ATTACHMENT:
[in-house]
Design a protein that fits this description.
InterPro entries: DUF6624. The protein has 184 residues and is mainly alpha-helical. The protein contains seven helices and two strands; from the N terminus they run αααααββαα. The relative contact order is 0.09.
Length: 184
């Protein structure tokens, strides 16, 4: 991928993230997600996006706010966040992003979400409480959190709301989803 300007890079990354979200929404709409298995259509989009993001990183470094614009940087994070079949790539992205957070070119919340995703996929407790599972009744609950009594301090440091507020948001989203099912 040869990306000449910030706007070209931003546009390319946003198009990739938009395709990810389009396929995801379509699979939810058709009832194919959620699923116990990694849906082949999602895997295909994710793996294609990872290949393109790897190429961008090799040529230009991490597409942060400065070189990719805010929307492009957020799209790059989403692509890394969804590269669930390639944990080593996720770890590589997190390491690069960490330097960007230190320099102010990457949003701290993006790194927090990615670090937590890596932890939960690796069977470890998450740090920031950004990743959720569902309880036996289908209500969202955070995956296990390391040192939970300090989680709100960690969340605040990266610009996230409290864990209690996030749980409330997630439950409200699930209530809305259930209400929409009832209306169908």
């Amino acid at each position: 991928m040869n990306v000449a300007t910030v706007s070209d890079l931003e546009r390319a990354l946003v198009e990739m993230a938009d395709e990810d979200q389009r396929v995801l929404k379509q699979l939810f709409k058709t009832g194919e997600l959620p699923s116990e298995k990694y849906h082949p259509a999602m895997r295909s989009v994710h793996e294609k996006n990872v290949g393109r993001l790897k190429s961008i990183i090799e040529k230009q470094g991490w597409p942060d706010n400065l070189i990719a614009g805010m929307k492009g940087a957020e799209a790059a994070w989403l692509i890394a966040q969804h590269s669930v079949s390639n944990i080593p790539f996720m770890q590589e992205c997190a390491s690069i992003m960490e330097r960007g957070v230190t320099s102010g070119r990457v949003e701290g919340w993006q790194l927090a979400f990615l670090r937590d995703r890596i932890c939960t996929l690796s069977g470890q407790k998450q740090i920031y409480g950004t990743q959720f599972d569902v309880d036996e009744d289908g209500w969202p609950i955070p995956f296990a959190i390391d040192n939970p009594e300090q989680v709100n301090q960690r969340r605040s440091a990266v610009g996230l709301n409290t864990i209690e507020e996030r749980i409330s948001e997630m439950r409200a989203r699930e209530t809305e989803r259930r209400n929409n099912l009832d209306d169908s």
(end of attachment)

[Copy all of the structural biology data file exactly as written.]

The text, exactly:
[in-house]
Design a protein that fits this description.
InterPro entries: DUF6624. The protein has 184 residues and is mainly alpha-helical. The protein contains seven helices and two strands; from the N terminus they run αααααββαα. The relative contact order is 0.09.
Length: 184
């Protein structure tokens, strides 16, 4: 991928993230997600996006706010966040992003979400409480959190709301989803 300007890079990354979200929404709409298995259509989009993001990183470094614009940087994070079949790539992205957070070119919340995703996929407790599972009744609950009594301090440091507020948001989203099912 040869990306000449910030706007070209931003546009390319946003198009990739938009395709990810389009396929995801379509699979939810058709009832194919959620699923116990990694849906082949999602895997295909994710793996294609990872290949393109790897190429961008090799040529230009991490597409942060400065070189990719805010929307492009957020799209790059989403692509890394969804590269669930390639944990080593996720770890590589997190390491690069960490330097960007230190320099102010990457949003701290993006790194927090990615670090937590890596932890939960690796069977470890998450740090920031950004990743959720569902309880036996289908209500969202955070995956296990390391040192939970300090989680709100960690969340605040990266610009996230409290864990209690996030749980409330997630439950409200699930209530809305259930209400929409009832209306169908």
């Amino acid at each position: 991928m040869n990306v000449a300007t910030v706007s070209d890079l931003e546009r390319a990354l946003v198009e990739m993230a938009d395709e990810d979200q389009r396929v995801l929404k379509q699979l939810f709409k058709t009832g194919e997600l959620p699923s116990e298995k990694y849906h082949p259509a999602m895997r295909s989009v994710h793996e294609k996006n990872v290949g393109r993001l790897k190429s961008i990183i090799e040529k230009q470094g991490w597409p942060d706010n400065l070189i990719a614009g805010m929307k492009g940087a957020e799209a790059a994070w989403l692509i890394a966040q969804h590269s669930v079949s390639n944990i080593p790539f996720m770890q590589e992205c997190a390491s690069i992003m960490e330097r960007g957070v230190t320099s102010g070119r990457v949003e701290g919340w993006q790194l927090a979400f990615l670090r937590d995703r890596i932890c939960t996929l690796s069977g470890q407790k998450q740090i920031y409480g950004t990743q959720f599972d569902v309880d036996e009744d289908g209500w969202p609950i955070p995956f296990a959190i390391d040192n939970p009594e300090q989680v709100n301090q960690r969340r605040s440091a990266v610009g996230l709301n409290t864990i209690e507020e996030r749980i409330s948001e997630m439950r409200a989203r699930e209530t809305e989803r259930r209400n929409n099912l009832d209306d169908s």